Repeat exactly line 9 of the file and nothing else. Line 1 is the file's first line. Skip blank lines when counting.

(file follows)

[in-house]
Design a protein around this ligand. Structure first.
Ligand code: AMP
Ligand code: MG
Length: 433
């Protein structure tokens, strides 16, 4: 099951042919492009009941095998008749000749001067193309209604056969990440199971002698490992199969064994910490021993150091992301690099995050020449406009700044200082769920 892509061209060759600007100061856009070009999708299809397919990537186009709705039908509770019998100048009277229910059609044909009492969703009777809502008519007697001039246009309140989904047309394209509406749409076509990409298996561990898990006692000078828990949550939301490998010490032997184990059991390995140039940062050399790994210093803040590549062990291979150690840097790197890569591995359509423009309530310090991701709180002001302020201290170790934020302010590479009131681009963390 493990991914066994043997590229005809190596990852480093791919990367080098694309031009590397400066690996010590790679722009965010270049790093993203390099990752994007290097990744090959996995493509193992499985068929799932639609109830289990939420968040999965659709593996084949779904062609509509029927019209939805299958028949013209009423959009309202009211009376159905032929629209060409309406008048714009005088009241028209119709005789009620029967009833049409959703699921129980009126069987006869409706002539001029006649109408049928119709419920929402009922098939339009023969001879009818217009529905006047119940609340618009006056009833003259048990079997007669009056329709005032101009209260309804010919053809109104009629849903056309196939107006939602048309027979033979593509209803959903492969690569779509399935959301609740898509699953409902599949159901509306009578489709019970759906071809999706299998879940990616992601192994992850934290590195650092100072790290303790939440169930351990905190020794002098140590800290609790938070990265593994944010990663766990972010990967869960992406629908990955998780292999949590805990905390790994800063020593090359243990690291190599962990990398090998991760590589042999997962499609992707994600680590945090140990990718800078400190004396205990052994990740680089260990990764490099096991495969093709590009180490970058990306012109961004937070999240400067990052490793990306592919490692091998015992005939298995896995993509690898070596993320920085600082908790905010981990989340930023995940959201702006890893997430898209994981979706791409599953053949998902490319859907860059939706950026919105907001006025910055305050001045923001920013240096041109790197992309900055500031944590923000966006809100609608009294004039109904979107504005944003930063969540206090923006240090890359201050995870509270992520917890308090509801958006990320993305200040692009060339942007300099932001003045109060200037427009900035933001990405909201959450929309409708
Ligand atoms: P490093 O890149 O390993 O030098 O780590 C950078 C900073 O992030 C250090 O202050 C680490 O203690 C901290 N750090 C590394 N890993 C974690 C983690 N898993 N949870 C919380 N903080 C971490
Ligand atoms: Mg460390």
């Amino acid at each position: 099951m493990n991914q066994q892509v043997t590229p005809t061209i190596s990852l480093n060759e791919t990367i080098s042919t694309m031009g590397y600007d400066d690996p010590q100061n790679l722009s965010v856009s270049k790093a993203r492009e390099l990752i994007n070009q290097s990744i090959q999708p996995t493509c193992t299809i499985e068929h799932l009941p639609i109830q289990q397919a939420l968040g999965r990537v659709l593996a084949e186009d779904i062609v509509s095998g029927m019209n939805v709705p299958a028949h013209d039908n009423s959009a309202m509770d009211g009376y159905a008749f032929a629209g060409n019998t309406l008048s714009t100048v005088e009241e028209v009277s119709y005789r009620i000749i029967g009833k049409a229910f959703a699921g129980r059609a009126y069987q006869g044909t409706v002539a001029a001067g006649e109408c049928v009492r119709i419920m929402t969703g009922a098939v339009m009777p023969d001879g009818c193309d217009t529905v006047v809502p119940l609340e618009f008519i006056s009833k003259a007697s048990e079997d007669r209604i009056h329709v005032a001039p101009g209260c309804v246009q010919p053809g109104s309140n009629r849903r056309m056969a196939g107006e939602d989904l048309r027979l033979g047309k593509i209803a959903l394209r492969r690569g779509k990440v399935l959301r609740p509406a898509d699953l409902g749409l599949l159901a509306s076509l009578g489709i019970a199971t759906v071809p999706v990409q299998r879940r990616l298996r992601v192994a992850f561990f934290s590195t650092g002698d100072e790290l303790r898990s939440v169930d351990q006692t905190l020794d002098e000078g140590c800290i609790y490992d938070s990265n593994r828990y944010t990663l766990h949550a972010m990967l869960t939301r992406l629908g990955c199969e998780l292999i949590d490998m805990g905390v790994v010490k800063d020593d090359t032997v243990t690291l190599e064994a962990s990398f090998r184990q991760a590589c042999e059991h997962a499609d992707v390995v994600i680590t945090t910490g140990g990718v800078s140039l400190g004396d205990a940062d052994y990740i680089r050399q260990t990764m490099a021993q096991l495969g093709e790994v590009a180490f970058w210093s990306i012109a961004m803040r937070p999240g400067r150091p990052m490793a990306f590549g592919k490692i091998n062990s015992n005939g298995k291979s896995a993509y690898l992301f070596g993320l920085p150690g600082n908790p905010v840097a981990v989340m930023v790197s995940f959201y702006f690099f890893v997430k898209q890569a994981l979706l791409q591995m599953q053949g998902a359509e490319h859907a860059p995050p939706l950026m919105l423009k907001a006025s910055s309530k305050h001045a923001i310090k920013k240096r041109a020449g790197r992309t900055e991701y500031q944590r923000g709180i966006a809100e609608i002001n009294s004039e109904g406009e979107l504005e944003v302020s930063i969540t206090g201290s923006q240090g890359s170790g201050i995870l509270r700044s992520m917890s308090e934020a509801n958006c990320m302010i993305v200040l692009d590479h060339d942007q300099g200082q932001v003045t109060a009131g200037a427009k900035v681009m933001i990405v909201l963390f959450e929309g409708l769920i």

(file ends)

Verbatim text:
């Amino acid at each position: 099951m493990n991914q066994q892509v043997t590229p005809t061209i190596s990852l480093n060759e791919t990367i080098s042919t694309m031009g590397y600007d400066d690996p010590q100061n790679l722009s965010v856009s270049k790093a993203r492009e390099l990752i994007n070009q290097s990744i090959q999708p996995t493509c193992t299809i499985e068929h799932l009941p639609i109830q289990q397919a939420l968040g999965r990537v659709l593996a084949e186009d779904i062609v509509s095998g029927m019209n939805v709705p299958a028949h013209d039908n009423s959009a309202m509770d009211g009376y159905a008749f032929a629209g060409n019998t309406l008048s714009t100048v005088e009241e028209v009277s119709y005789r009620i000749i029967g009833k049409a229910f959703a699921g129980r059609a009126y069987q006869g044909t409706v002539a001029a001067g006649e109408c049928v009492r119709i419920m929402t969703g009922a098939v339009m009777p023969d001879g009818c193309d217009t529905v006047v809502p119940l609340e618009f008519i006056s009833k003259a007697s048990e079997d007669r209604i009056h329709v005032a001039p101009g209260c309804v246009q010919p053809g109104s309140n009629r849903r056309m056969a196939g107006e939602d989904l048309r027979l033979g047309k593509i209803a959903l394209r492969r690569g779509k990440v399935l959301r609740p509406a898509d699953l409902g749409l599949l159901a509306s076509l009578g489709i019970a199971t759906v071809p999706v990409q299998r879940r990616l298996r992601v192994a992850f561990f934290s590195t650092g002698d100072e790290l303790r898990s939440v169930d351990q006692t905190l020794d002098e000078g140590c800290i609790y490992d938070s990265n593994r828990y944010t990663l766990h949550a972010m990967l869960t939301r992406l629908g990955c199969e998780l292999i949590d490998m805990g905390v790994v010490k800063d020593d090359t032997v243990t690291l190599e064994a962990s990398f090998r184990q991760a590589c042999e059991h997962a499609d992707v390995v994600i680590t945090t910490g140990g990718v800078s140039l400190g004396d205990a940062d052994y990740i680089r050399q260990t990764m490099a021993q096991l495969g093709e790994v590009a180490f970058w210093s990306i012109a961004m803040r937070p999240g400067r150091p990052m490793a990306f590549g592919k490692i091998n062990s015992n005939g298995k291979s896995a993509y690898l992301f070596g993320l920085p150690g600082n908790p905010v840097a981990v989340m930023v790197s995940f959201y702006f690099f890893v997430k898209q890569a994981l979706l791409q591995m599953q053949g998902a359509e490319h859907a860059p995050p939706l950026m919105l423009k907001a006025s910055s309530k305050h001045a923001i310090k920013k240096r041109a020449g790197r992309t900055e991701y500031q944590r923000g709180i966006a809100e609608i002001n009294s004039e109904g406009e979107l504005e944003v302020s930063i969540t206090g201290s923006q240090g890359s170790g201050i995870l509270r700044s992520m917890s308090e934020a509801n958006c990320m302010i993305v200040l692009d590479h060339d942007q300099g200082q932001v003045t109060a009131g200037a427009k900035v681009m933001i990405v909201l963390f959450e929309g409708l769920i």